Jobs with Expiration Dates
And so you leave, and file for unemployment while searching for a new job....but wait! 100 magical days later, you could start the same job all over again...
Well, that's the fun of contract employment at Microsoft...well to be fair, its almost anywhere, not just Microsoft.
Here is how we got in this mess: Back in 1992, Microsoft had what people called "permatemps. temporary employees who worked long term contracts, as in years long term. But since they were paid through a staffing agency, no benefits, no stock options, no stock purchase plan. So a bunch of these people who felt they were being taken advantage of sued. Jump to 2000, and Microsoft settles the lawsuit and changes the rules. Now, among other changes, all Temporary contracts have to be 1 year or less in duration, with a 100 day break in between.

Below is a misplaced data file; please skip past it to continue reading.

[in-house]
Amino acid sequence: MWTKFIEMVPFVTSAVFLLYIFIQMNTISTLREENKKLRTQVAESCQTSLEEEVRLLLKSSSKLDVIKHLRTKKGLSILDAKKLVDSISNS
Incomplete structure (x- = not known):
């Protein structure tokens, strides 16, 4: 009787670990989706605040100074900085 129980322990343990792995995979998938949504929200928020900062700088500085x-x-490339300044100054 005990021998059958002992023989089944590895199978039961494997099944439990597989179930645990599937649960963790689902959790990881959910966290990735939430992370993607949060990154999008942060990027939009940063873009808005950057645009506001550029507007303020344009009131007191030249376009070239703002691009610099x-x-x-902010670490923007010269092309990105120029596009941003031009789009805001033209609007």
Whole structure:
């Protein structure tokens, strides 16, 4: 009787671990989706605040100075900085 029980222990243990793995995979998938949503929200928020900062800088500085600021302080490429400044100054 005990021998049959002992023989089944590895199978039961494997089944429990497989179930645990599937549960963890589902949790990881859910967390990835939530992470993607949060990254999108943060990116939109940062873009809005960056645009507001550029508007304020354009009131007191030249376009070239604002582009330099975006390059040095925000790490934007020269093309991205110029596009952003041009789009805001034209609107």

So why is this an issue? Since I left Boeing in 1999 (layoff) I have worked solidly in the computer industry. I have worked in 6 positions. Of the six, 5 were in vender or contractor positions. Of the six, 5 were at or for Microsoft.
Now I don't blame the industry for using the temp system. It makes financial sense, and they do have stockholders to answer to. The system offers them a quicker and easier way to respond to changing needs. It even offers them a kind of safety net to screen potential new hires without actually hiring them.
Its the way it is up here. While MS is certainly not the only show in town, they are without a doubt the biggest dog in town. When I started my IT roller coaster, most companies were hiring through staffing agencies, including hospitals, financial organizations and of course, MS and the other software/Dot Com companies.
The "100 days out" is a universally accepted fact. Even at my one non MS position at the University of Washington Medical Center, I was on contract facing either a 100 day out or the end of the contract.
In a few weeks I start what I hope is my last contract position, a 90 temp to hire position with a small company i